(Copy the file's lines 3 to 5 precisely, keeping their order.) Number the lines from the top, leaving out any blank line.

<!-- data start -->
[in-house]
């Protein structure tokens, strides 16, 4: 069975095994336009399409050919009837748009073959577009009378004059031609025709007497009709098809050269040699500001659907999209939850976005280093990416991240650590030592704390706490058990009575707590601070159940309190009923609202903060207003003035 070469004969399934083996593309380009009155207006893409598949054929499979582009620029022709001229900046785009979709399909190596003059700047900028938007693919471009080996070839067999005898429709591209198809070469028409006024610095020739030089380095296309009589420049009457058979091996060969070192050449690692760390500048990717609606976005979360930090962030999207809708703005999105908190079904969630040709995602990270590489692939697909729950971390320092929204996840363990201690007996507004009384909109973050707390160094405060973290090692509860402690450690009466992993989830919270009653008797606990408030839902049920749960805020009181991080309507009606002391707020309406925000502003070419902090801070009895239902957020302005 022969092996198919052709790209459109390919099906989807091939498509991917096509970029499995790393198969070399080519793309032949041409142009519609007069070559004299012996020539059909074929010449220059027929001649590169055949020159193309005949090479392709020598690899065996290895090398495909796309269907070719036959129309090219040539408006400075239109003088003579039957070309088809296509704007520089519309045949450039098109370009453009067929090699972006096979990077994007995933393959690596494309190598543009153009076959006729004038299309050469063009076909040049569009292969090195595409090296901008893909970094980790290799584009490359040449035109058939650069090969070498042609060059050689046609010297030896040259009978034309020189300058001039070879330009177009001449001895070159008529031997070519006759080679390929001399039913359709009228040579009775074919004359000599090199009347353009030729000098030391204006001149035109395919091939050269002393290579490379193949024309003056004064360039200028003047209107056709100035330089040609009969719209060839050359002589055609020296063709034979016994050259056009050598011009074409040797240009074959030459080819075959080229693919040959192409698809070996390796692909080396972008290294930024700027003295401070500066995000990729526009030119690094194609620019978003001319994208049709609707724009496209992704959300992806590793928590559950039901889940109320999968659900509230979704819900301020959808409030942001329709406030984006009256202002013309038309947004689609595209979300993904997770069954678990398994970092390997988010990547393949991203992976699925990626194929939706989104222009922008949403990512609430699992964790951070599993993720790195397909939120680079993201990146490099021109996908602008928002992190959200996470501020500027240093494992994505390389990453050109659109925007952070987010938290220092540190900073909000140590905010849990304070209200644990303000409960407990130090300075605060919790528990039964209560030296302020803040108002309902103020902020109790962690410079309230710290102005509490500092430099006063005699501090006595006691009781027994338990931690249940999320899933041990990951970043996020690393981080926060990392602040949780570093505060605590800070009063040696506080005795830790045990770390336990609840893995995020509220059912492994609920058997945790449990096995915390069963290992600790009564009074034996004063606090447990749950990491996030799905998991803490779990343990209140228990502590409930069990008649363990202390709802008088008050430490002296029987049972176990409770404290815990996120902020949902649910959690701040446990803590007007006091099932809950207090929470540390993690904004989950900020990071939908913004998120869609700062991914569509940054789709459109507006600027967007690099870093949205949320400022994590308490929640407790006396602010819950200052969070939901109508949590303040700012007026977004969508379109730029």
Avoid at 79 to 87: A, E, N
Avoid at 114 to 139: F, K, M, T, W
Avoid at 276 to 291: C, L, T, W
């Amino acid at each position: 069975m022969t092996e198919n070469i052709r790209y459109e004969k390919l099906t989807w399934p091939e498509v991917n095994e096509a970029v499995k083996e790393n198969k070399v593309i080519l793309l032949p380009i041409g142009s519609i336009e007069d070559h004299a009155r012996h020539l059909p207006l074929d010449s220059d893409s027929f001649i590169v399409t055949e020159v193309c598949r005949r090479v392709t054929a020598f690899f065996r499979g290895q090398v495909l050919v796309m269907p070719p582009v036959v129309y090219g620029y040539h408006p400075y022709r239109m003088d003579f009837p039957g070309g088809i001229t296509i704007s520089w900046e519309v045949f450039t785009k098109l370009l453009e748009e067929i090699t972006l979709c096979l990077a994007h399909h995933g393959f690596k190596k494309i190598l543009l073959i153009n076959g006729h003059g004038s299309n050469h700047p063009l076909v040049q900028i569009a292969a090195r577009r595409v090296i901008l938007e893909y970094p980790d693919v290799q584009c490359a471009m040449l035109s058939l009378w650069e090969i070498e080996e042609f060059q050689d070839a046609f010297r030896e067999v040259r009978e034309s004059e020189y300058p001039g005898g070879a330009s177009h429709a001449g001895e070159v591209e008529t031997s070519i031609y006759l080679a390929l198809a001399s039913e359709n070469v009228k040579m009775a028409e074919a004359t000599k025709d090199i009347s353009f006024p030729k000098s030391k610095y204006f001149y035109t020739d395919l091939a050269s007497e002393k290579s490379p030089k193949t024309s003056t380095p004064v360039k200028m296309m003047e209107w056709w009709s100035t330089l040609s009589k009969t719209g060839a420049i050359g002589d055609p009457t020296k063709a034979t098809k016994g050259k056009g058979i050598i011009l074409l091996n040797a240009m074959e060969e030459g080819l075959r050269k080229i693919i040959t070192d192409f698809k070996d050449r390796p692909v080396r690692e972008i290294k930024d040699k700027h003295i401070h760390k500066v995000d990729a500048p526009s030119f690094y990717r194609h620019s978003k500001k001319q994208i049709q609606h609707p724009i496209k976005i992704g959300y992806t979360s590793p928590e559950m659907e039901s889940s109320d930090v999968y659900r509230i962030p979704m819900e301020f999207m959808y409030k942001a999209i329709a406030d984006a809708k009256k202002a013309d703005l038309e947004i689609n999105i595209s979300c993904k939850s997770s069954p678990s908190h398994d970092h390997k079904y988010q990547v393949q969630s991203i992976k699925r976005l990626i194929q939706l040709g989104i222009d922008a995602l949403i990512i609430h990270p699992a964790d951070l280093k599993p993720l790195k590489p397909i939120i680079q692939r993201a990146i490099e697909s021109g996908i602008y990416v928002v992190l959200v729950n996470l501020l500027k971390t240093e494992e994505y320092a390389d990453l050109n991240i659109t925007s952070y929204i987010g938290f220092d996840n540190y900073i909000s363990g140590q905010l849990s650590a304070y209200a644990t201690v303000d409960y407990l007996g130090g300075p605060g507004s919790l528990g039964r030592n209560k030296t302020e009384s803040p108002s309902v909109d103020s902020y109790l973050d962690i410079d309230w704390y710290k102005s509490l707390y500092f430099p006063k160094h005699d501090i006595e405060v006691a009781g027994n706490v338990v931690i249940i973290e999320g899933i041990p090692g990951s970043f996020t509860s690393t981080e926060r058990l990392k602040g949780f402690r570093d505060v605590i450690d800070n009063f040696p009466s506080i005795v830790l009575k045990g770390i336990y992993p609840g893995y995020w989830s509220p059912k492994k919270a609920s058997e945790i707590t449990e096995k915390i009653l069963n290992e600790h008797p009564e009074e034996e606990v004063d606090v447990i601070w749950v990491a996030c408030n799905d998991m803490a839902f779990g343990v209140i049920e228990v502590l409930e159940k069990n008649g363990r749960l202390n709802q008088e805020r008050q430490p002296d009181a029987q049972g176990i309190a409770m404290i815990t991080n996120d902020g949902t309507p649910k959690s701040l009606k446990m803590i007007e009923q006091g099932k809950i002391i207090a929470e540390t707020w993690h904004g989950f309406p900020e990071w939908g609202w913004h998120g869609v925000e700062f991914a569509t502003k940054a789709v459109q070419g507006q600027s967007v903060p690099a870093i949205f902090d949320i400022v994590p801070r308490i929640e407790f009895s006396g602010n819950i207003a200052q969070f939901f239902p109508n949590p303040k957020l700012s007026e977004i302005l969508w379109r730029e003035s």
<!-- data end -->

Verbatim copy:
Avoid at 79 to 87: A, E, N
Avoid at 114 to 139: F, K, M, T, W
Avoid at 276 to 291: C, L, T, W